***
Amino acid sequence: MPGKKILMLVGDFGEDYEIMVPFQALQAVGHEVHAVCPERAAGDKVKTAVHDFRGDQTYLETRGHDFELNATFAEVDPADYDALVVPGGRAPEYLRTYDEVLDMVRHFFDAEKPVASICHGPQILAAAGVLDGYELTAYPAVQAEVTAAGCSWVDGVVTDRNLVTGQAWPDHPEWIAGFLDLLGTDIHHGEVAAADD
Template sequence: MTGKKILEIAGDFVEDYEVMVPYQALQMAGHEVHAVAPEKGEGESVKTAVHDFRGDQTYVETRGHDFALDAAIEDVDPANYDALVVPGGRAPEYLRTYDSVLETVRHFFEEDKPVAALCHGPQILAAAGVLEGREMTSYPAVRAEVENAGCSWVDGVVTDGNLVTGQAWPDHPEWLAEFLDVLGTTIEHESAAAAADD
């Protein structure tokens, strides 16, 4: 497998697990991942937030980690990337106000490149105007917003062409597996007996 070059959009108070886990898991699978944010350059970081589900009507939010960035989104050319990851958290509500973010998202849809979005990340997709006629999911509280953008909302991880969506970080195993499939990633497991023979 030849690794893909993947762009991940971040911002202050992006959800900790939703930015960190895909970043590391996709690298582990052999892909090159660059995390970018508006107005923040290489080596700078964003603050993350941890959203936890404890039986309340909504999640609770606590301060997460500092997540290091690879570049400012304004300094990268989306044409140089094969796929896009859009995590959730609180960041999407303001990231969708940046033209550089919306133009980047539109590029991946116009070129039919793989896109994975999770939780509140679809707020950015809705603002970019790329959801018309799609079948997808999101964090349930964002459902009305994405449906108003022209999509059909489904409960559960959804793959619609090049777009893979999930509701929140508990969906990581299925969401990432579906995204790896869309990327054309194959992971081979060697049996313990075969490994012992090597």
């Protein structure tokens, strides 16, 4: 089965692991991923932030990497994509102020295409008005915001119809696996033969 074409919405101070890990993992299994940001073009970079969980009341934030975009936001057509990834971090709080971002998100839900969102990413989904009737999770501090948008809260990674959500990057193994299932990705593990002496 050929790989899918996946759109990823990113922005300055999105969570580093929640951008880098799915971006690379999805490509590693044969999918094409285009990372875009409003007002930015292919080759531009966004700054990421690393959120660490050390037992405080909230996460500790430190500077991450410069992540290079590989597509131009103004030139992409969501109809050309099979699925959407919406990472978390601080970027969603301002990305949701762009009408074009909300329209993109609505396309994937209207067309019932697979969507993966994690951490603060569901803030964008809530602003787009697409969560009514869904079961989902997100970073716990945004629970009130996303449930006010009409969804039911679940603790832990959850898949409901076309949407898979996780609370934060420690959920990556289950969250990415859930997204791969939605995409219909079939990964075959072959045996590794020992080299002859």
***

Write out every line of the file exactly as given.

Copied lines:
Amino acid sequence: MPGKKILMLVGDFGEDYEIMVPFQALQAVGHEVHAVCPERAAGDKVKTAVHDFRGDQTYLETRGHDFELNATFAEVDPADYDALVVPGGRAPEYLRTYDEVLDMVRHFFDAEKPVASICHGPQILAAAGVLDGYELTAYPAVQAEVTAAGCSWVDGVVTDRNLVTGQAWPDHPEWIAGFLDLLGTDIHHGEVAAADD
Template sequence: MTGKKILEIAGDFVEDYEVMVPYQALQMAGHEVHAVAPEKGEGESVKTAVHDFRGDQTYVETRGHDFALDAAIEDVDPANYDALVVPGGRAPEYLRTYDSVLETVRHFFEEDKPVAALCHGPQILAAAGVLEGREMTSYPAVRAEVENAGCSWVDGVVTDGNLVTGQAWPDHPEWLAEFLDVLGTTIEHESAAAAADD
């Protein structure tokens, strides 16, 4: 497998697990991942937030980690990337106000490149105007917003062409597996007996 070059959009108070886990898991699978944010350059970081589900009507939010960035989104050319990851958290509500973010998202849809979005990340997709006629999911509280953008909302991880969506970080195993499939990633497991023979 030849690794893909993947762009991940971040911002202050992006959800900790939703930015960190895909970043590391996709690298582990052999892909090159660059995390970018508006107005923040290489080596700078964003603050993350941890959203936890404890039986309340909504999640609770606590301060997460500092997540290091690879570049400012304004300094990268989306044409140089094969796929896009859009995590959730609180960041999407303001990231969708940046033209550089919306133009980047539109590029991946116009070129039919793989896109994975999770939780509140679809707020950015809705603002970019790329959801018309799609079948997808999101964090349930964002459902009305994405449906108003022209999509059909489904409960559960959804793959619609090049777009893979999930509701929140508990969906990581299925969401990432579906995204790896869309990327054309194959992971081979060697049996313990075969490994012992090597």
């Protein structure tokens, strides 16, 4: 089965692991991923932030990497994509102020295409008005915001119809696996033969 074409919405101070890990993992299994940001073009970079969980009341934030975009936001057509990834971090709080971002998100839900969102990413989904009737999770501090948008809260990674959500990057193994299932990705593990002496 050929790989899918996946759109990823990113922005300055999105969570580093929640951008880098799915971006690379999805490509590693044969999918094409285009990372875009409003007002930015292919080759531009966004700054990421690393959120660490050390037992405080909230996460500790430190500077991450410069992540290079590989597509131009103004030139992409969501109809050309099979699925959407919406990472978390601080970027969603301002990305949701762009009408074009909300329209993109609505396309994937209207067309019932697979969507993966994690951490603060569901803030964008809530602003787009697409969560009514869904079961989902997100970073716990945004629970009130996303449930006010009409969804039911679940603790832990959850898949409901076309949407898979996780609370934060420690959920990556289950969250990415859930997204791969939605995409219909079939990964075959072959045996590794020992080299002859």